D.A.T.E. 2018: Jan Fabre’s Troubleyn Laboratory

CategoriesD.A.T.E.
TagsD.A.T.E. 2018, modern art, performance, theater
  • this is antwerp
    TROUBLEYN #THISISANTWERP
  • this is antwerp
    TROUBLEYN #THISISANTWERP
  • this is antwerp
    TROUBLEYN #THISISANTWERP
  • this is antwerp
    TROUBLEYN #THISISANTWERP
  • this is antwerp
    TROUBLEYN #THISISANTWERP

On the 3rd day of D.A.T.E. we were invited to Troubleyn, the creative lab of Antwerp artist Jan Fabre and his company. What a tour it was...

The house and its master

Company manager Mark showed us around in this incredible hub. A former theatre, burned down in the seventies and rebuilt in 2004. Since 2007 it's home to one of the most innovative and versatile Belgian artists of his generation: Jan Fabre (°1958). Over the past 30 years he produced works as a theatre maker, author and visual artist.

Love for theatre

Fabre started at a very young age as a visual artist. In the eighties he was part of an Avant-Garde movement that created ground-breaking art performances. His love for theatre grew by the year. That shows at Troubleyn, the complex houses two rehearsal rooms, including a theatre hall and a studio, used for creating productions, host master classes but also as a breeding ground for other companies.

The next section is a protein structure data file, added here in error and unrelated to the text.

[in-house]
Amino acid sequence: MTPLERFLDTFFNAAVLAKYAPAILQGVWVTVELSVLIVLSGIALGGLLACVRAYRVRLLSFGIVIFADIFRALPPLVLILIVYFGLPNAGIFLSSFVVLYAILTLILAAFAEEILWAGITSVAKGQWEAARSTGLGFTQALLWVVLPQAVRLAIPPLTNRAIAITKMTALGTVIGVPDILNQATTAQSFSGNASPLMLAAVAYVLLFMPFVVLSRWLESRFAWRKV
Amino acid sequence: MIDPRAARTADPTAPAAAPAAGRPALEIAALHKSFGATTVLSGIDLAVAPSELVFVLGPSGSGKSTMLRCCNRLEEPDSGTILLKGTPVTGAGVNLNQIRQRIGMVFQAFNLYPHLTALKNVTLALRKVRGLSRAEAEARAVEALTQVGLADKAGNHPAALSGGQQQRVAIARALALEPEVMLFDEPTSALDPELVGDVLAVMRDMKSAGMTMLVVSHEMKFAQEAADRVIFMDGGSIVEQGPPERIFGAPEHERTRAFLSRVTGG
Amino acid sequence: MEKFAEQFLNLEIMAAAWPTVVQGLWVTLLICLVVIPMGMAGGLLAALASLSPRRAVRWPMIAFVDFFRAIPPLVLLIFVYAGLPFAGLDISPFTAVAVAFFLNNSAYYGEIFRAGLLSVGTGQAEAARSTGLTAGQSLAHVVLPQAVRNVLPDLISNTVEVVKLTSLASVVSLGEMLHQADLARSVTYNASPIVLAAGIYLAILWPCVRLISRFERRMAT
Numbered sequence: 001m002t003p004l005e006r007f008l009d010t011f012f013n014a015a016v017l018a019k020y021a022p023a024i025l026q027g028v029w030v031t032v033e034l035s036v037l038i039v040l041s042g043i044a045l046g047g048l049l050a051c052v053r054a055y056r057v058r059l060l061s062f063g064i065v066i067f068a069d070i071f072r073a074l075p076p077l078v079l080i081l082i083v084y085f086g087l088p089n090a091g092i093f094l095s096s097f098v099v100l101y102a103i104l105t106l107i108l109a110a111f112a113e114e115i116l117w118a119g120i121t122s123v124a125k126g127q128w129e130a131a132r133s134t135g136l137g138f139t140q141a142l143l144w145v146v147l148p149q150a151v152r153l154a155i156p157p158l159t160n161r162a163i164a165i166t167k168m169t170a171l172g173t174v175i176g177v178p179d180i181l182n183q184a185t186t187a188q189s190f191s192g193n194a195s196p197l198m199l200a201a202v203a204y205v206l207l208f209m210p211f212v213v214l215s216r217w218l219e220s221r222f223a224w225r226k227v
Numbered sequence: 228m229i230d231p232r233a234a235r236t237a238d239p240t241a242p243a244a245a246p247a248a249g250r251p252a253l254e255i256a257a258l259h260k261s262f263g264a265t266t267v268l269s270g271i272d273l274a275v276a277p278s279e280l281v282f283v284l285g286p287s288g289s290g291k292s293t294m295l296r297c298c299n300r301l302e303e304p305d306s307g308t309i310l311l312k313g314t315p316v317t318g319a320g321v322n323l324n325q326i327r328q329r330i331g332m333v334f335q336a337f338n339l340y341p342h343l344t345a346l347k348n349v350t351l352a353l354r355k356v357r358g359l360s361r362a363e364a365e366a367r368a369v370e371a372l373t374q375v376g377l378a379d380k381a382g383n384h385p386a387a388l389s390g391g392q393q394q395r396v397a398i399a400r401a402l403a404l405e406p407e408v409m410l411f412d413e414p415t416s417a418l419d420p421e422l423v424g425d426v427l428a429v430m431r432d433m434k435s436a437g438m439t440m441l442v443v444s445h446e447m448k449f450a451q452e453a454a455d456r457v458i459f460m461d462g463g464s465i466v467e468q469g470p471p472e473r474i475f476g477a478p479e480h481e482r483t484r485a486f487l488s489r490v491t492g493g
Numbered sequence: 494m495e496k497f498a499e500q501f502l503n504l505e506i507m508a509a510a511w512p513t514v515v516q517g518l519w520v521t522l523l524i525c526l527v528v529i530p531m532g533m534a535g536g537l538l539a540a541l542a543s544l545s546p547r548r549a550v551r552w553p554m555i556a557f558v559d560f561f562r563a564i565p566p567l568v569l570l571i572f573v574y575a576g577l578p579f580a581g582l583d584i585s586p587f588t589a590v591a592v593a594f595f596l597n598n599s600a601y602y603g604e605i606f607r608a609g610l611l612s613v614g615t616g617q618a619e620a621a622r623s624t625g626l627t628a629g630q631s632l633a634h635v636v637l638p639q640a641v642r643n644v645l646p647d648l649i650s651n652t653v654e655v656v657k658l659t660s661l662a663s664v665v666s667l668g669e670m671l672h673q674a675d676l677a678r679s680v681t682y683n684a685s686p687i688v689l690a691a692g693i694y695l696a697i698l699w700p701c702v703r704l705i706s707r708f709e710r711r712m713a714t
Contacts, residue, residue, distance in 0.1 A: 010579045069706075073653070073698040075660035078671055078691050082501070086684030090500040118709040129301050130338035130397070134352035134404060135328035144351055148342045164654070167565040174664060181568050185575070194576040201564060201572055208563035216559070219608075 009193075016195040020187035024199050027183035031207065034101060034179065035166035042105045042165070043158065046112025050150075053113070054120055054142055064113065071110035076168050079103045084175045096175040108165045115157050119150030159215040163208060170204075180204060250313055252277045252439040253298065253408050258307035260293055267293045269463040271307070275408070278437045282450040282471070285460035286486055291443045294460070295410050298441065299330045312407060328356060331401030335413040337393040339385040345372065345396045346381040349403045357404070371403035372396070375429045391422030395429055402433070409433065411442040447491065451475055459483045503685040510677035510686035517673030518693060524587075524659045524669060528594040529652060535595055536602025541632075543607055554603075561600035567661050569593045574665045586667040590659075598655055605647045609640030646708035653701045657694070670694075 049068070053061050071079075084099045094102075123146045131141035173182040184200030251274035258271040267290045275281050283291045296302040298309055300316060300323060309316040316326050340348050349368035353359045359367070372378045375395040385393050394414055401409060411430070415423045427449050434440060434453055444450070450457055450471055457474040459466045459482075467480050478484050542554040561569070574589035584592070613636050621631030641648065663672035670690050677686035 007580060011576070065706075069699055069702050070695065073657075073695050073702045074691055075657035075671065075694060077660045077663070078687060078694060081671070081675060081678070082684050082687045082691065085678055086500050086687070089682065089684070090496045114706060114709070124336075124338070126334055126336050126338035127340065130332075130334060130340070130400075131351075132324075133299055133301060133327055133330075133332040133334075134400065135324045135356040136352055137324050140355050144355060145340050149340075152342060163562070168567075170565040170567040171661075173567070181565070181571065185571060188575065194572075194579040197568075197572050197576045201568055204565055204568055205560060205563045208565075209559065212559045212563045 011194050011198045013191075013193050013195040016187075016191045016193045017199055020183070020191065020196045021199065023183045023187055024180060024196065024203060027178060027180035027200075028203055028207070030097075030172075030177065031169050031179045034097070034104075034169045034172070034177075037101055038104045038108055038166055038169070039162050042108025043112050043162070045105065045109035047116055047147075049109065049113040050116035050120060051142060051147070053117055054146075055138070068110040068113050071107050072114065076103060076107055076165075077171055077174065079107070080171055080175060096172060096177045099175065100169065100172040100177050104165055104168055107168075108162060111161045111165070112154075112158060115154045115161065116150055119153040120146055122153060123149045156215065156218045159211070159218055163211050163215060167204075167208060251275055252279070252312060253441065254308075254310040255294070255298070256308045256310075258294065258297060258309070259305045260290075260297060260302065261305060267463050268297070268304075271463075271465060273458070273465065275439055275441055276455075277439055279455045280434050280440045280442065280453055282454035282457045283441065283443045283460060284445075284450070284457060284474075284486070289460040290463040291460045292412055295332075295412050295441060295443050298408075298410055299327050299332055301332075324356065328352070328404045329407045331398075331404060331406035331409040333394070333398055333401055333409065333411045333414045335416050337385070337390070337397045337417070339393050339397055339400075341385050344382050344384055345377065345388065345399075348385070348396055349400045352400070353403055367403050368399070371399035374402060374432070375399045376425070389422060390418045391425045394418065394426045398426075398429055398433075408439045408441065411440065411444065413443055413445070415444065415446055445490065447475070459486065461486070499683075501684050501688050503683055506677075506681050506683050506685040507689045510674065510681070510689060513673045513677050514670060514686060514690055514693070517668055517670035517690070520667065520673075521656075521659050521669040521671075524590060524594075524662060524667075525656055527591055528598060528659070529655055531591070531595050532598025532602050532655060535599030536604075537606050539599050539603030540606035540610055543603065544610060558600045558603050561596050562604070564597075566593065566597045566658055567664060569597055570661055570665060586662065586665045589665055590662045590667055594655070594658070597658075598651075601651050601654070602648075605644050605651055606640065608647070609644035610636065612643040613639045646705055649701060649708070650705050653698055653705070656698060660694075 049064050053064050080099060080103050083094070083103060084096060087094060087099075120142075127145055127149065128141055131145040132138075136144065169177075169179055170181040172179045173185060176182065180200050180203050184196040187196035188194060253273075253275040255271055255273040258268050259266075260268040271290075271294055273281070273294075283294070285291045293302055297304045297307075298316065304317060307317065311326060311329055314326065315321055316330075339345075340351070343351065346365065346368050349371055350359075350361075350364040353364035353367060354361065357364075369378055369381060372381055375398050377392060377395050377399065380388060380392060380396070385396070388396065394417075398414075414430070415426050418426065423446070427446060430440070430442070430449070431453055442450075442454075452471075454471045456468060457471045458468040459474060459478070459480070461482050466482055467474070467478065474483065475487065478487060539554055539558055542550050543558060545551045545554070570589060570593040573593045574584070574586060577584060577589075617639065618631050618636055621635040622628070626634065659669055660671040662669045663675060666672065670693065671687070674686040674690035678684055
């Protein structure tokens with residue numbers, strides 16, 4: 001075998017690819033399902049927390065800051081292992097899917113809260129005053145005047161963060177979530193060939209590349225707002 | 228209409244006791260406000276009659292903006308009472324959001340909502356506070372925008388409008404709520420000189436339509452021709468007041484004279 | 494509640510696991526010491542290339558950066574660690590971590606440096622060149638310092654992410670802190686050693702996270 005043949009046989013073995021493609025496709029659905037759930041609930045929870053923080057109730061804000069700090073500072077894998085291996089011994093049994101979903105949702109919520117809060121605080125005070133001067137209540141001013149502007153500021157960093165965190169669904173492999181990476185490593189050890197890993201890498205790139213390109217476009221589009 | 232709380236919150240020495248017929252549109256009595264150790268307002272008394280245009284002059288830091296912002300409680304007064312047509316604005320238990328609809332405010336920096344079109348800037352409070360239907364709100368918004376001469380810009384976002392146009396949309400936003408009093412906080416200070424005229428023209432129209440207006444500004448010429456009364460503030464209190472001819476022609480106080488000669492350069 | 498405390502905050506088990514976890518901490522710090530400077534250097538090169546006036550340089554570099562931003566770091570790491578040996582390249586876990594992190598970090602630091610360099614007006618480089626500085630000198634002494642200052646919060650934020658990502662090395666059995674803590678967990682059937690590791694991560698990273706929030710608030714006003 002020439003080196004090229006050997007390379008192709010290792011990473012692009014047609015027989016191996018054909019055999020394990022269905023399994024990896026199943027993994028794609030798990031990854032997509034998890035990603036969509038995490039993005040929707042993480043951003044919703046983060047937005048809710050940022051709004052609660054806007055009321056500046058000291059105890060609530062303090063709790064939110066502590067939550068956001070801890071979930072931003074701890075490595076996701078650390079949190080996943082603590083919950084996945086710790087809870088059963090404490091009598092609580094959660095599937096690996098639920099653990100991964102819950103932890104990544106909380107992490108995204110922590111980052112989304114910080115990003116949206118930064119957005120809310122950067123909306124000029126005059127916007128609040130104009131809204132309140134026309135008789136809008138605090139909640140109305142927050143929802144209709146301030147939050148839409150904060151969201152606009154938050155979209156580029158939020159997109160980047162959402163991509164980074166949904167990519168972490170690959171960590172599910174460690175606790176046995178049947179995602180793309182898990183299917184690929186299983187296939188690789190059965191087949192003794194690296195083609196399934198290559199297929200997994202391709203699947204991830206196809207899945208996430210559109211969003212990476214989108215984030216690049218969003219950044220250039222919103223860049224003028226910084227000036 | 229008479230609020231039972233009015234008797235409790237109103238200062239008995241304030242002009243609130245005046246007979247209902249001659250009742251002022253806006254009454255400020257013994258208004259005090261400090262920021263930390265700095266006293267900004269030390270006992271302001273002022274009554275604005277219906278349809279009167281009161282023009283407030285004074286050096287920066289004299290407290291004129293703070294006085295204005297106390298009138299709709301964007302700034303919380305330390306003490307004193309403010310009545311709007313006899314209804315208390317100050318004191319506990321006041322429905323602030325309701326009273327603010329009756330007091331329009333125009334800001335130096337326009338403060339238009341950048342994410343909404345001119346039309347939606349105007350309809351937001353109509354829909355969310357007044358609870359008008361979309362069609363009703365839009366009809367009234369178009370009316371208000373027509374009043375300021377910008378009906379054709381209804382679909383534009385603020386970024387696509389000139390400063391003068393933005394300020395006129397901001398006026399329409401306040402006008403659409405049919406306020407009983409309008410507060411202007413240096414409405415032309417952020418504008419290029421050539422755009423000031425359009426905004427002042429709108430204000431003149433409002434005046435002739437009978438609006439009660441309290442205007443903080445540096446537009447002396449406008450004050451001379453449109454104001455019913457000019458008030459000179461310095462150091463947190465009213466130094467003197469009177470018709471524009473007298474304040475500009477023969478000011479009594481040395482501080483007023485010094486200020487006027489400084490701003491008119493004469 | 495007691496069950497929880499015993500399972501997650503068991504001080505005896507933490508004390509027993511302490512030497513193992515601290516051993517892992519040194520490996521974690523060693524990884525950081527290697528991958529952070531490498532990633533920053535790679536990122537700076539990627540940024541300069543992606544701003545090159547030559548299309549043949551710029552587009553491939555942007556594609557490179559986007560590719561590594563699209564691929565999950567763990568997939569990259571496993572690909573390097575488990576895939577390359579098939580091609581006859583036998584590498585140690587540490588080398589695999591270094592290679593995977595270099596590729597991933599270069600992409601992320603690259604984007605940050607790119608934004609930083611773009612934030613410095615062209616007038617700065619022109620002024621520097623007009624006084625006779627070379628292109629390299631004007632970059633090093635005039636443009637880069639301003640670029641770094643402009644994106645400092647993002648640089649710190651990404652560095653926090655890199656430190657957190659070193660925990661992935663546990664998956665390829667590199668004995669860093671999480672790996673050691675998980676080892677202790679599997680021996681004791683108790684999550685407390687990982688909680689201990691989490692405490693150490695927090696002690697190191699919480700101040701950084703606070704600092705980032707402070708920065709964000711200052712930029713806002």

Science and art

Remarkable is their scientific approach to the performance arts, unseen in the art scene. Artists are approached as athletes, which of course they are. Here they learn how to get even more better in executing their art, supported by scientists.

Art as naive guarantee

What makes Troubleyn even more special is their collection of integrated art work. Created by fellow artists, tailer made for this building. As the works of art are part of the building, the building will never be demolished, otherwise so many precious art work would go to waste. At least that’s what they hope: “let’s call it a naive guarantee”, Mark says.

The master himself

We didn’t meet Fabre himself, probably being very busy creating art work for Antwerp Baroque 2018. He will create three new alter pieces for Amuz, the concert hall that used to be a church (the St. Augustine’s Church). He was inspired by the original paintings by Rubens, Jordaens and Van Dyck. These new art/alter pieces will be revealed in the last week of June. Luckily they are permanent so that’s another good reason to drop by Antwerp... May the creative force be with you!

Credits

Text by Miet Defillet

Pics by Niko Caignie

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